Whisky Ladies Contributor’s Choice – Mars Iwai, Glenrothes, Glenmorangie, Bunnahabhain

You would think having one Whisky Ladies session in January would be sufficient… and we certainly had a merry evening combined with the gents to explore Douglas Laing blends with a bonus!

However we decided to skip our February session in favour of a late January one to welcome back for an evening a member who now resides in the US.

We went completely random in whisky choices… only knowing who would be bringing a contribution… nothing else.

So what did we sample in our “Contributor’s Choice” evening?

Photo: Rashmi Dhawani

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Wolfburn’s Morven, Aurora and Original

Whisky Live is a great opportunity to try whiskies you are curious about but wouldn’t necessarily buy…. a chance to ‘speed taste‘ with a simple sniff, swish and spit.

Wolfburn is a newer distillery, promising for its sweet minerally new make spirit. These were at best fleeting impressions as I stopped by the Wolfburn booth towards the end of my sampling explorations… at that stage where you have nearly had enough.

Wolfburn Northland 46% – ex-Bourbon

  • Nose – Quite oaky, raw cereal,
  • Palate – Young but… sweet, lightly floral, slightly nutty
  • Finish – Spice and is there just a bit of peat too?

Wolfburn Aurora 46% – ex-Bourbon and ex-Sherry

  • Nose – Sweet yet restrained, pineapple or melon, yoghurt
  • Palate – Barely there… Sweet spice… a sense of being raw yet very sweet
  • Finish – Spice

Wolfburn Morven 46% – Peat

  • Nose – Young, organic, oaky
  • Palate – Light peat, an odd quality, some spice
  • Finish – Burn

To be honest, it didn’t work for me… however it was just a wee brush…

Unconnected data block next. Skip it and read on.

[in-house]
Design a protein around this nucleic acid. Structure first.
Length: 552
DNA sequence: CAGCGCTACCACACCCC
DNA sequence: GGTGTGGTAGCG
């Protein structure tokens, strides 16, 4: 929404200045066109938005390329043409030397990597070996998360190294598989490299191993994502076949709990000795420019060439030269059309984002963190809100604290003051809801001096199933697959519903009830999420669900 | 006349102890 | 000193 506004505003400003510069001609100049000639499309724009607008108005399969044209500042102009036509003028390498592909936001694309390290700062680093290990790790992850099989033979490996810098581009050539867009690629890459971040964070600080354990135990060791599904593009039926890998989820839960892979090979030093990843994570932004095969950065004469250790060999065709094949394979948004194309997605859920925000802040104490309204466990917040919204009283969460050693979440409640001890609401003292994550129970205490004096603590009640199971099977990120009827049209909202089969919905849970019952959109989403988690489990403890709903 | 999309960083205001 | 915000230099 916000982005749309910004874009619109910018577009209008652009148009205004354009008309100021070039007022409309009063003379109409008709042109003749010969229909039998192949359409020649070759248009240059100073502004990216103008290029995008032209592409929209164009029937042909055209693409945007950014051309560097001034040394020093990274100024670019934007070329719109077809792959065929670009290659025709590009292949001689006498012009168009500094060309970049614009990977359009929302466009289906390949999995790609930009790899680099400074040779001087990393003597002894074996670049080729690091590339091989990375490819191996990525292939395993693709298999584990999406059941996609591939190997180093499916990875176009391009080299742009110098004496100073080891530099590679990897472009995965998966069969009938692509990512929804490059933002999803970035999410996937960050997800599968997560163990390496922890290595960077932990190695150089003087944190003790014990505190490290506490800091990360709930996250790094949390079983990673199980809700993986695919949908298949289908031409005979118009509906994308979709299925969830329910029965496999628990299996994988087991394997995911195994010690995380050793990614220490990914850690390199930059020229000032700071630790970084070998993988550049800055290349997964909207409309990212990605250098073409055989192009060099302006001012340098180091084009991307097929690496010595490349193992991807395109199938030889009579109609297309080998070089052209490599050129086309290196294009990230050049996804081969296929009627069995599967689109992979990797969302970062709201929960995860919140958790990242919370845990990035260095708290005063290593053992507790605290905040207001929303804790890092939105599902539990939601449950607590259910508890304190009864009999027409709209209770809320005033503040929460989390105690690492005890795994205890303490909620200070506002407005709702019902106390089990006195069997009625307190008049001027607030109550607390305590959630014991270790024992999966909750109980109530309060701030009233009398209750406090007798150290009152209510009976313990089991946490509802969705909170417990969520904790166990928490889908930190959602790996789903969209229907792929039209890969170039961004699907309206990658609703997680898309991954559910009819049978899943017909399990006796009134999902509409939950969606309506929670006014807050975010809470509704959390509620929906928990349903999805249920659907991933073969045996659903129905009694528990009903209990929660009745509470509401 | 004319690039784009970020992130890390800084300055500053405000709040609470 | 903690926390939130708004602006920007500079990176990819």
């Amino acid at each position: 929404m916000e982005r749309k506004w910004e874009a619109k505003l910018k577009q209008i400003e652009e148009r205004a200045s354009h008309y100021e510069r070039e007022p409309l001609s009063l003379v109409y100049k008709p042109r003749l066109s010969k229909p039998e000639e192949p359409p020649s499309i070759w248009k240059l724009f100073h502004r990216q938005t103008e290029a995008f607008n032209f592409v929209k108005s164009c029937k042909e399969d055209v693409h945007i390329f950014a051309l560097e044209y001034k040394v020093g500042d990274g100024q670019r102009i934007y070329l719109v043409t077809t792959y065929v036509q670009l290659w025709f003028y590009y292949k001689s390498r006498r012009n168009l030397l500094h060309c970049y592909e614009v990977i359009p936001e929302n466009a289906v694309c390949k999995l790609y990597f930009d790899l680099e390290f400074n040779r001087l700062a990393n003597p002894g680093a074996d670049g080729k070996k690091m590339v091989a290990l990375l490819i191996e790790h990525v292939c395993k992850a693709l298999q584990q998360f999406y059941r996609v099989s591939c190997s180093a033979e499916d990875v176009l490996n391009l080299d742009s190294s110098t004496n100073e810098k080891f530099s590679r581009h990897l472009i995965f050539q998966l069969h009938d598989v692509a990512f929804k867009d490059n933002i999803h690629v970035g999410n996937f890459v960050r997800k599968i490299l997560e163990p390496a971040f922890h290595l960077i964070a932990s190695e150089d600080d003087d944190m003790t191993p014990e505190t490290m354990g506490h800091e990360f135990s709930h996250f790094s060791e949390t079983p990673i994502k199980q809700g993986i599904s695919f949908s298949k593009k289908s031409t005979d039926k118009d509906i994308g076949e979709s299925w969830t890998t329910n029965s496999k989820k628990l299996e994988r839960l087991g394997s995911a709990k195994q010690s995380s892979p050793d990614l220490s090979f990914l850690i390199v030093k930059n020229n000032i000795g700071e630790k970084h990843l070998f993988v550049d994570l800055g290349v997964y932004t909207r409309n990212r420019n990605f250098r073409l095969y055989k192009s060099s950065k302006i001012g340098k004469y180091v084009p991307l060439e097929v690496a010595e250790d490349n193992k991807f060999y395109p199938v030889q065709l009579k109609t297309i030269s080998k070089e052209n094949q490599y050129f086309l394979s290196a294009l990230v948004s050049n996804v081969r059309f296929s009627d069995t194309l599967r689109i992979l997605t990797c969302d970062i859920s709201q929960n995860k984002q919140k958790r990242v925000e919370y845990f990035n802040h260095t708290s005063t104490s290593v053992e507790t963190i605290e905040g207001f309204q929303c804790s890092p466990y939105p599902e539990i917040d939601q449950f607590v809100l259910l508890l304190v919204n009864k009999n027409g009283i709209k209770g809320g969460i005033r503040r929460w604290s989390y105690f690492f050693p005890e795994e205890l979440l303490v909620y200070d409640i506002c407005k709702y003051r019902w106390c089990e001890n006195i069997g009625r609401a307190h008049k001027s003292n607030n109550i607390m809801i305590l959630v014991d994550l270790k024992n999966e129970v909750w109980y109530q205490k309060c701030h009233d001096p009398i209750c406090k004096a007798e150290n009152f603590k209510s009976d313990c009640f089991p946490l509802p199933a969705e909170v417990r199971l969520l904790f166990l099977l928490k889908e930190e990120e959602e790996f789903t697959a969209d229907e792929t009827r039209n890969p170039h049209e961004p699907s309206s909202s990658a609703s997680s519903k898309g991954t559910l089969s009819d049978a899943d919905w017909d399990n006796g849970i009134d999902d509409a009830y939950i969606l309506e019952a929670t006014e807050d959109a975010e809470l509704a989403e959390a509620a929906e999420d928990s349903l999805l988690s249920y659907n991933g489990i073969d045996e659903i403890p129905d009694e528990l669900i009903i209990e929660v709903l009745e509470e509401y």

All said, it was good to zip through this trio… reinforces a preference to wait a few more years to see what Wolfburn does with a bit more time.

Other brushes with Wolfburn?

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Sansibar’s Glentauchers, Spicely Sweet + Smokey Peated

At Whisky Live Singapore 2017, the Sansibar booth was manned by a local bartender who was so passionate about what the folks at Sansibar are doing, it was positively infectious.

Thanks to La Maison du Whisky, I’d already encountered the Islay Malt 8 year and brought it back for a special undisclosed distilleries evening.

Now, as it was at Whisky Live, it means my impressions were fleeting… however enough to cement an opinion that Sansibar is worth continuing to keep an eye on!

Glentauchers 8 year 48.2%

  • Nose – Soft, sweet, lightly elegant
  • Palate – Not just sweetness and light, a bit bitter, toffee, butterscotch raisin
  • Finish – Bitter nuts

Overall this is a light desert in a bottle.

Spicily Sweet 48% – Blended Small Batch, Batch #1 “Sunset”

  • Nose – Very fruity, aaaah… yum!
  • Palate – Smooth, sweet, soft fruits, light spice
  • Finish – Here is where the spice peeps out even more

My initial thought was this is a summer dram – sun soaked fruits – with a name that perfectly personifies its name “spicily sweet”! It was so enjoyable that I thought folks back in Mumbai might enjoy it too. And sure enough, “Sunset” closed an evening exploring independent blends

Smokey Peated 48% – Blended Small Batch, Batch #1 “Signal Fire”

  • Nose – Bacon, wood fire, fruit behind the smoke like pineapple and other tropical fruits
  • Palate – Holy toledo peat! Turbo charged peat yet not in the least harsh, more fruits
  • Finish – Captive ash. No messing with it peat. Bit of a pepper chaser

I thought of the Sansibar Islay Malt 8 year cask strength which brought an elegance to peat. By contrast the “Signal Fire” was unabashed peat.

Quite interesting to try this trio and I planned to return to continue sampling… however all the other whiskies I had hoped to try were polished off. Clearly others found the offerings also appealing.

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Paul John’s Zodiac Series – Kanya 50%

When I was in Goa at the Paul John distillery early 2017, Michael shared he had plans for a Zodiac series… each whisky named after a sign of the Zodiac, all limited release, likely to be from older stock, each unique.